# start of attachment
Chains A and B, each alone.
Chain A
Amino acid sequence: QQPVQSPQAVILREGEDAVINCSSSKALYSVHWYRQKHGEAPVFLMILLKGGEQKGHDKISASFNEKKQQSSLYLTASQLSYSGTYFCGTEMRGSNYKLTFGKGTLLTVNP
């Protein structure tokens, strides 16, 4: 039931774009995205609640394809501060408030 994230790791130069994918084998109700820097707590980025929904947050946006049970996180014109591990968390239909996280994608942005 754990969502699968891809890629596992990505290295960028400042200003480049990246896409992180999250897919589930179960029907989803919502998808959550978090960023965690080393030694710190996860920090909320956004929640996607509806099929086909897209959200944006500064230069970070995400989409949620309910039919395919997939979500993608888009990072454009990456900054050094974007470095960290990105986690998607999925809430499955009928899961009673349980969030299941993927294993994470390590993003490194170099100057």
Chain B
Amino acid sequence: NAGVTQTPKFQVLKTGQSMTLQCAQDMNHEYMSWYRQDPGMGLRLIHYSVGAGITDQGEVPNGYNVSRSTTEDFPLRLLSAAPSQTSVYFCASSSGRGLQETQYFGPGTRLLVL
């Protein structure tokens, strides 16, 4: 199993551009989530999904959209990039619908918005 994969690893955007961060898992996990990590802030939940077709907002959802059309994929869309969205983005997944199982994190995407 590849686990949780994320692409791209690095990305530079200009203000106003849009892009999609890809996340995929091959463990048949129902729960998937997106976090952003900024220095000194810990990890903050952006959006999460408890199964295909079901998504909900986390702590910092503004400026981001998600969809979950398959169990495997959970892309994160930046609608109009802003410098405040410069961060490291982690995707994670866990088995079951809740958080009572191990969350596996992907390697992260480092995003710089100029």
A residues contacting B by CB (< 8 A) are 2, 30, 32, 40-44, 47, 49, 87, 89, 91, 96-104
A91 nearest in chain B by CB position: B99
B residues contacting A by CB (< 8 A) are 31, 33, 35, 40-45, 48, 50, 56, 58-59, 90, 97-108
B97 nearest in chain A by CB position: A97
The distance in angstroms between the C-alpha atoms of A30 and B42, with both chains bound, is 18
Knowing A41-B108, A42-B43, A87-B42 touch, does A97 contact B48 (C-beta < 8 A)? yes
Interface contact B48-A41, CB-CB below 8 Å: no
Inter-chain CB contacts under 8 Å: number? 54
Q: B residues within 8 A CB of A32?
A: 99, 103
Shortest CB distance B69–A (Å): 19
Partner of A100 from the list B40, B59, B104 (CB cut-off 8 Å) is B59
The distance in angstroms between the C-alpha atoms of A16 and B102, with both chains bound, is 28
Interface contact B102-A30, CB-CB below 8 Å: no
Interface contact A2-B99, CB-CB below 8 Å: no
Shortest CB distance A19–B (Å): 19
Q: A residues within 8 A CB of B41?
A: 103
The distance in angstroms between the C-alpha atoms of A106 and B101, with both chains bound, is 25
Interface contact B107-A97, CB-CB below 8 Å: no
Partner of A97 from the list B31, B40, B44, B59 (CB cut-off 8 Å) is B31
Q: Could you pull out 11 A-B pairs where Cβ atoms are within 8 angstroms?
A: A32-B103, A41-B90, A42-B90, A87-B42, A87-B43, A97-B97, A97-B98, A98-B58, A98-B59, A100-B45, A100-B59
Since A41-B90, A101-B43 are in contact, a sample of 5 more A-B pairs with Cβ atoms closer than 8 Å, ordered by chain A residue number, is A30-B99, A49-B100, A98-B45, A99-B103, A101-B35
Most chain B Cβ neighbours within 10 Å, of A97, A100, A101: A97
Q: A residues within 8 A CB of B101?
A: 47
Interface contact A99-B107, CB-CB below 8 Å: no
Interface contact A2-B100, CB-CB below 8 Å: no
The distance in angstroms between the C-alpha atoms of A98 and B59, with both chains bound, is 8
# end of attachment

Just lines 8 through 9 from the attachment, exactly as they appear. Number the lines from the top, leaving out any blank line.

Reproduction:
A residues contacting B by CB (< 8 A) are 2, 30, 32, 40-44, 47, 49, 87, 89, 91, 96-104
A91 nearest in chain B by CB position: B99